Wisconsin Bankers Association: April 12 marks 15th Annual Teach Children to Save Day

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Lessons on saving take on new meaning in wake of financial crisis

MADISON – Called the greatest financial crisis since the Great Depression, the “Great Recession” brought with it a renewed emphasis on personal financial literacy and the importance of saving money.

And now, on Tuesday, April 12, bankers across the state of Wisconsin will take that lesson on saving into schools and the community as part of the 15th annual National Teach Children to Save Day.

During the month of April last year, 422 Wisconsin bankers reached out to their communities to make 826 presentations about the importance of saving money in conjunction with Teach Children to Save Day.

Now, this year, WBA is seeking to reach even more young people with lessons in personal finance. Last week WBA received a proclamation from Governor Scott Walker declaring April 12 to be Wisconsin Teach Children to Save Day, on the same day Walker created the Governor’s Council on Financial Literacy. And hundreds of Wisconsin bankers will be joined on their presentations by more than 20 Wisconsin lawmakers and staff from the Department of Financial Institutions (DFI) – including DFI Secretary Peter Bildsten.

“If the economic struggles of the past three years have taught us anything, it’s that you can’t put a price on the value of fiscal responsibility,” said Rose Oswald Poels, interim WBA president/CEO. “There has to be a balance between a culture of spending and one of saving to maintain a healthy, vibrant economy. By teaching children the value of saving at an early age, bankers can help children form sound personal finance skills for life.”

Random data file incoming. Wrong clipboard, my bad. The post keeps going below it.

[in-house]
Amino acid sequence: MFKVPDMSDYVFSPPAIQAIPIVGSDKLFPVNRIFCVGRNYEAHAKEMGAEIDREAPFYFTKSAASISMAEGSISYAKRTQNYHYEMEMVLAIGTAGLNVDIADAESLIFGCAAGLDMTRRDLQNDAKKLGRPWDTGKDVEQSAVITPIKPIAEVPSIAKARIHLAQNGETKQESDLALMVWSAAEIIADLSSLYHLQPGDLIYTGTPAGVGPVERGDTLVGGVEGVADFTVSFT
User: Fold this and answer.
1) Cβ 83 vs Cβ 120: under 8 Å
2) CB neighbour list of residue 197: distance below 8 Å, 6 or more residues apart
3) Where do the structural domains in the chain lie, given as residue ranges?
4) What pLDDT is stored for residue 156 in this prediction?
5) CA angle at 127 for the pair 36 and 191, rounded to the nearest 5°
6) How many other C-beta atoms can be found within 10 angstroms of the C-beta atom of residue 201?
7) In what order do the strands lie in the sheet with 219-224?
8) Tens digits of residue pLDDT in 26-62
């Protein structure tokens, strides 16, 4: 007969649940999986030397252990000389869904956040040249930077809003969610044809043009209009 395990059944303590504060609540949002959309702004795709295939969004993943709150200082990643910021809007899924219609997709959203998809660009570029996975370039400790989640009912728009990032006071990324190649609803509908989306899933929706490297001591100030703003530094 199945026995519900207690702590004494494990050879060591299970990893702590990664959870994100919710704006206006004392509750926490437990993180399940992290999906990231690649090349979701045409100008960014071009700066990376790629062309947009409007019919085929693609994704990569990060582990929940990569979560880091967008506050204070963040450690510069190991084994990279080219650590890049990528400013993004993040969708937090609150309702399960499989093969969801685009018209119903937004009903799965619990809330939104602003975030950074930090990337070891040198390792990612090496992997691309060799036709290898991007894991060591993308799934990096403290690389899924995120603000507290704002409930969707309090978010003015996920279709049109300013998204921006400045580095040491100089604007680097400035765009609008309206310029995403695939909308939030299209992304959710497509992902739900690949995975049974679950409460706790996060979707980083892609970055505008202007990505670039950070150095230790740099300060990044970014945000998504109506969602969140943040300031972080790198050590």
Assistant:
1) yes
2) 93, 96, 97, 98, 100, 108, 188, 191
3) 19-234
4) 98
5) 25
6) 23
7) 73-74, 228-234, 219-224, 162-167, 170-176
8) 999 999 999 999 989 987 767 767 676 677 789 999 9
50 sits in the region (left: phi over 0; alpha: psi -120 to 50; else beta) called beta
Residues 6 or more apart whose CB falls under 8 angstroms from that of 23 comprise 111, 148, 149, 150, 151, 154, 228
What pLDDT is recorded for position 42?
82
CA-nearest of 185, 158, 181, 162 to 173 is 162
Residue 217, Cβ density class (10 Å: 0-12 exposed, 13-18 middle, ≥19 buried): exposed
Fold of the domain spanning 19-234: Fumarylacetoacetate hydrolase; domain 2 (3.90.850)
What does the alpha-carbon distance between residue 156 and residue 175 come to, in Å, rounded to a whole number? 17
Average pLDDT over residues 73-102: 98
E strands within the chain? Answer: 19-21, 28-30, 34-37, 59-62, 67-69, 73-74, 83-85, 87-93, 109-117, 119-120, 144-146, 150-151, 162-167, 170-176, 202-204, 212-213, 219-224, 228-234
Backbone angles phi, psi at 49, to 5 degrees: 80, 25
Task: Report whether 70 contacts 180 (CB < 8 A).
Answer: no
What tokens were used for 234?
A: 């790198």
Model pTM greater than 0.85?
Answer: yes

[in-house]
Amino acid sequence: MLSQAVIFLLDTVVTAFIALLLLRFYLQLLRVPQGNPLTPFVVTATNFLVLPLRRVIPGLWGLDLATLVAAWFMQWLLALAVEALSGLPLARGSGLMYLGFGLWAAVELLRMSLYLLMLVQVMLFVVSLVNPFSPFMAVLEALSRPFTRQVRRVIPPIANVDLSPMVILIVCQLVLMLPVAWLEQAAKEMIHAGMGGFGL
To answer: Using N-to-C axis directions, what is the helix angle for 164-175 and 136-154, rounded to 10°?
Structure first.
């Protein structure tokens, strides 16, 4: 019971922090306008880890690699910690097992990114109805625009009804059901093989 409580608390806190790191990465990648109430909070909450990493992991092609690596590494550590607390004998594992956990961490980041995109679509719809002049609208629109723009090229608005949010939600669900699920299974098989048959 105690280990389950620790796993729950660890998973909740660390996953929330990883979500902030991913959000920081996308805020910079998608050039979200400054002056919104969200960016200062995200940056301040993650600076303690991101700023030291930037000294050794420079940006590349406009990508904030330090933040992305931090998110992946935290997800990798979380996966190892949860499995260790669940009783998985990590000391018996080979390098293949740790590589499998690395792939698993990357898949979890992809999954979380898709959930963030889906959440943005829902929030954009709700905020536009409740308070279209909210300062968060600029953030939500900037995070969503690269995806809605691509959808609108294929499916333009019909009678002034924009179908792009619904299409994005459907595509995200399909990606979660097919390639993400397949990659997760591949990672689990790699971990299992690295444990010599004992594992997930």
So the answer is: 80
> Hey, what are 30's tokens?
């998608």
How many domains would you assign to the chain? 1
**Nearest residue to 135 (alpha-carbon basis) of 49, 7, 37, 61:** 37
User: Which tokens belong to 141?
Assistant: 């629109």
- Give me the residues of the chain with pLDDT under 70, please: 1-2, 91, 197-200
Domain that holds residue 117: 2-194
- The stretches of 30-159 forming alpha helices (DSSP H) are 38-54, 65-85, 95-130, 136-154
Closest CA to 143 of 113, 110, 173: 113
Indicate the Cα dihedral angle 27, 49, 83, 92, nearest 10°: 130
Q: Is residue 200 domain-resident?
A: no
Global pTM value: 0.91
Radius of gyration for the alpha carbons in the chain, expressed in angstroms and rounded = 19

Every year hundreds of Wisconsin bankers participate in events like Teach Children to Save and Get Smart About Credit as part of Bankers Promoting Financial Literacy (formerly the WBA Personal Economics Program) to teach children and adults the money management skills they will need throughout their lives.

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The Wisconsin Bankers Association is the state’s largest financial industry trade association, representing 300 commercial banks and savings institutions, their nearly 2,300 branch offices and 28,000 employees.